|Metal: Cult Classics Pt. XX|
Lying in Wait
The second record shows a slightly less thrashy side of the band and one that creeps closer to an alternative metal-influenced sound. Enough musical creativity to go around with a vocal performance that takes quite a bit of getting used to but ends up giving the record its needed strangely brooding effect.
Realm show for the second time why they're one of the technical thrash bands entirely worth your time. An assured effort with once again powerhouse vocal work.
Consume the Forsaken
Less vile than the former and without Matti Way's enigmatic gurgles, this is an altogether even riffier work that manages to create some of the best moments in brutal death metal.
Number two by O'Malley's finest business venture. More drawn-out droning doom, more of Alan Dubin's soul-destroying shrieks. Not for the lighthearted.
Out of Reach
A semi-forgotten NWOBHM classic, but definitely one of the finest from that particular era. It's basically Satan without Brian Ross, but again a well realized slab of classic metal.
Reek Of Pubescent Despoilment
Modern classic of brutal death metal which takes a more Cryptopsy-meets-Devourment approach to the style, featuring completely insane vocals by king-of-gutturals Blue Jensen.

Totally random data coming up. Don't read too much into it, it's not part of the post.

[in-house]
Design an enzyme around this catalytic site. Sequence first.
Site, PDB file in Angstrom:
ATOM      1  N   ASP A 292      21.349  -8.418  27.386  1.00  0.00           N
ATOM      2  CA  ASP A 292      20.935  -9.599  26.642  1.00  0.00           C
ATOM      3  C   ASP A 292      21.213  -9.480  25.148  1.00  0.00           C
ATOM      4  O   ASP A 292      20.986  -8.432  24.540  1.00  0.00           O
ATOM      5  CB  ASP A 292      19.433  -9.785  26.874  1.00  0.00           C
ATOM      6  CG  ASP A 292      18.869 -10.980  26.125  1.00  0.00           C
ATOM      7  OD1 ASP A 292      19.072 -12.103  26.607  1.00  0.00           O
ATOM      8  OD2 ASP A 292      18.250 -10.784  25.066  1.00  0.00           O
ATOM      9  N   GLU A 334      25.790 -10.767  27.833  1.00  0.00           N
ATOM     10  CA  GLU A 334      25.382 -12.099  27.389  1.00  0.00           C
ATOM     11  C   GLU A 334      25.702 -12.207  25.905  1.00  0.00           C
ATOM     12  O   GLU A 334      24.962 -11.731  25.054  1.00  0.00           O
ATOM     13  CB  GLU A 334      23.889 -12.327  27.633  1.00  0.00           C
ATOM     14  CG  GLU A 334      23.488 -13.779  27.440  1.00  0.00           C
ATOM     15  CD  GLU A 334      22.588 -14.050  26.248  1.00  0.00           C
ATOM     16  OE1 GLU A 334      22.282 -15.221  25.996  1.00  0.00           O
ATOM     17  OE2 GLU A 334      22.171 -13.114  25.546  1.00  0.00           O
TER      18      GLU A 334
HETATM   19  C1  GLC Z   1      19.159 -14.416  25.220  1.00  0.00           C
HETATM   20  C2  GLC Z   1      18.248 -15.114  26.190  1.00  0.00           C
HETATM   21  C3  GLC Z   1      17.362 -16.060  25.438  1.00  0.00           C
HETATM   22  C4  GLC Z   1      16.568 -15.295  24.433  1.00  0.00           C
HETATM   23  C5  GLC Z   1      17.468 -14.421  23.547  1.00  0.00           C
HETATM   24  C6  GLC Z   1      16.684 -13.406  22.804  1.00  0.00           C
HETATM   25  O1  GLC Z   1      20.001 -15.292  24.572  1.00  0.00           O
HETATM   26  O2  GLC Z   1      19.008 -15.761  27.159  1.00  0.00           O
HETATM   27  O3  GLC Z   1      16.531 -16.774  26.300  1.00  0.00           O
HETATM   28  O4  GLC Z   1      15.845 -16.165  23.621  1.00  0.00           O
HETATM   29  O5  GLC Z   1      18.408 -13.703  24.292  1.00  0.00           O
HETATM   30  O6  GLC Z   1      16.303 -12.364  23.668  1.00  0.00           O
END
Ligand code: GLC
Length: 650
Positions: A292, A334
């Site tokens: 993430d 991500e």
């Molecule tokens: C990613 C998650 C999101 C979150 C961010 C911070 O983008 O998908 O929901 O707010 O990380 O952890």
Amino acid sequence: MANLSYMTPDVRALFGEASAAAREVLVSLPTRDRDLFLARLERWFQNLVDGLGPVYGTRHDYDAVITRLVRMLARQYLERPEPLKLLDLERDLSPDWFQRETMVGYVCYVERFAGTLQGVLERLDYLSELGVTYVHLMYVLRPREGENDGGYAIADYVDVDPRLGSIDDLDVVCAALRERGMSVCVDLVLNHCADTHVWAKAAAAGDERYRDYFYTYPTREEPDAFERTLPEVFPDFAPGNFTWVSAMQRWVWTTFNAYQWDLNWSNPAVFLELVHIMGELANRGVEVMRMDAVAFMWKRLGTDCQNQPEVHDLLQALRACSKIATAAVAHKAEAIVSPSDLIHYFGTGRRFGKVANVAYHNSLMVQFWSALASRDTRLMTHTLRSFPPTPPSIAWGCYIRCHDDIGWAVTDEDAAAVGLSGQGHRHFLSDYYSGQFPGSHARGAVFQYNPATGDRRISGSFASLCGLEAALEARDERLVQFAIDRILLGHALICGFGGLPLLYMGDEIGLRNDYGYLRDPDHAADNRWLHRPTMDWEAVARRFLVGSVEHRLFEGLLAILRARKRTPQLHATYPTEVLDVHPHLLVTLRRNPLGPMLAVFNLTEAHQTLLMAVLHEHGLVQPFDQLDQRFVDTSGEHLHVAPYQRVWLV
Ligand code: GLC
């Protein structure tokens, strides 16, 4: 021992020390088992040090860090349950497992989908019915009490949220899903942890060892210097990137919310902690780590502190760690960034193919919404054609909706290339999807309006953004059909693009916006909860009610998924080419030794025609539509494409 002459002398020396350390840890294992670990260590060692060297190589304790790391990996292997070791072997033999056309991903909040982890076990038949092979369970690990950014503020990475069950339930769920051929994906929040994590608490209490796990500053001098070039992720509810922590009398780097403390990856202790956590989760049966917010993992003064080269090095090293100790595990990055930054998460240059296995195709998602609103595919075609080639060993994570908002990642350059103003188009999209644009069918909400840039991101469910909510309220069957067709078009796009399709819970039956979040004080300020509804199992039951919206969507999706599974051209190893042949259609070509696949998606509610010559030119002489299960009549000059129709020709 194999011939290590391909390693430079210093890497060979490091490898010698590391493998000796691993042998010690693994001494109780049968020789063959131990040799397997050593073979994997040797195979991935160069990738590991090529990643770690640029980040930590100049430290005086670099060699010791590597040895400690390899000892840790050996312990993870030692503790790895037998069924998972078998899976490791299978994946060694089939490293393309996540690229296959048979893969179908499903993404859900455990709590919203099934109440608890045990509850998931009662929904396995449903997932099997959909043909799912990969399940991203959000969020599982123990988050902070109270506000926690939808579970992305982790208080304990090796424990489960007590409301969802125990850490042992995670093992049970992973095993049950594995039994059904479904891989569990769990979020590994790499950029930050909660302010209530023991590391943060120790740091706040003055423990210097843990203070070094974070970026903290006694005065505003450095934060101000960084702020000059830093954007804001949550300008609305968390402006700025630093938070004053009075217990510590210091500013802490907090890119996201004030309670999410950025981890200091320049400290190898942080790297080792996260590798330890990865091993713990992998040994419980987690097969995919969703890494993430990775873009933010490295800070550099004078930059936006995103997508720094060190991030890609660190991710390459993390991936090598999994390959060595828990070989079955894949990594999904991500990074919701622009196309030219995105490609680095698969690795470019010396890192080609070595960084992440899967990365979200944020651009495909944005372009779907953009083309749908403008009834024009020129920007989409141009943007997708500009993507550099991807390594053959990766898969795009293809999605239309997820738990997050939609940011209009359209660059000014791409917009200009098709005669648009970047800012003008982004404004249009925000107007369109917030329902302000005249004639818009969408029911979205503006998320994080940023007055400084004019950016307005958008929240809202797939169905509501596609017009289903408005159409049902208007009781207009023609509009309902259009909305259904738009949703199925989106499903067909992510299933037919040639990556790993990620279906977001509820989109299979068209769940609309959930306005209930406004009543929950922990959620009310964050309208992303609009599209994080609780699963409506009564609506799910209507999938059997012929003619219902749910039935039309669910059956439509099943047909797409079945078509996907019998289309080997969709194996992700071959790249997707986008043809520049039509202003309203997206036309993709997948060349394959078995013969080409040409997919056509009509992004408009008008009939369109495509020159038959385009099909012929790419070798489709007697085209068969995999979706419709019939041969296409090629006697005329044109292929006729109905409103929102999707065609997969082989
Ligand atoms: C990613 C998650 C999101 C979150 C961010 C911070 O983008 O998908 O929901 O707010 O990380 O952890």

Return to Heaven Denied
Beautifully atmospheric power metal that's light on the cheese. Superb musicianship, realized compositions and brilliant vocal work.
Veronika Decides to Die
Concept record from Denmark's reigning champions of melodic melancholic doom. Expert songwriting and atmosphere come together in a tragically sad package that's bound to make you feel like a pile of crap - in the best of ways.
Mighty & Superior
Side project from Solstice's Rich Walker and Twisted Tower Dire's Tony Taylor that was sadly cut short due to Tony Taylor's untimely death. What's left is an EP of two songs featuring some of the greatest epic heavy metal put to tape.
Gods Of War - At War
A masterful synthesis of Bathory-like epic extreme metal and Hellenic black metal. Melancholic yet epic, compositionally brilliant without sacrificing songwriting.
One of the greatest classic doom albums of the 2000's, courtesy of Cauldron Born's Howie Bentley and Hour of Thirteen's Phil Swanson. Sabbathian riffing and Swanson's typically atypical anxiety-ridden vocals in a Hammer Horror setting.
The Armor of Ire
Showing that USPM can still be fun and relevant well into the 2000's. This is a showcase of expert songwriting that's not to be slept on.
Another example why Deceased is one of the most underrated bands in metal despite boasting one of the consistently amazing discographies in the genre. Their wayward thrash-meets-death-meets-NWOBHM-meets-camp-horror sound refined.
The Dungeons are Calling
Back when they were still a straightforward USPM band, this EP nonetheless ranks among the greatest work of the band. Riffs, upper tier vocals and even more riffs.
Brave Murder Day-like melodic death/doom/goth clashes with influences from Dark Tranquillity's electronic-heavy latter era. A melancholy-heavy masterpiece.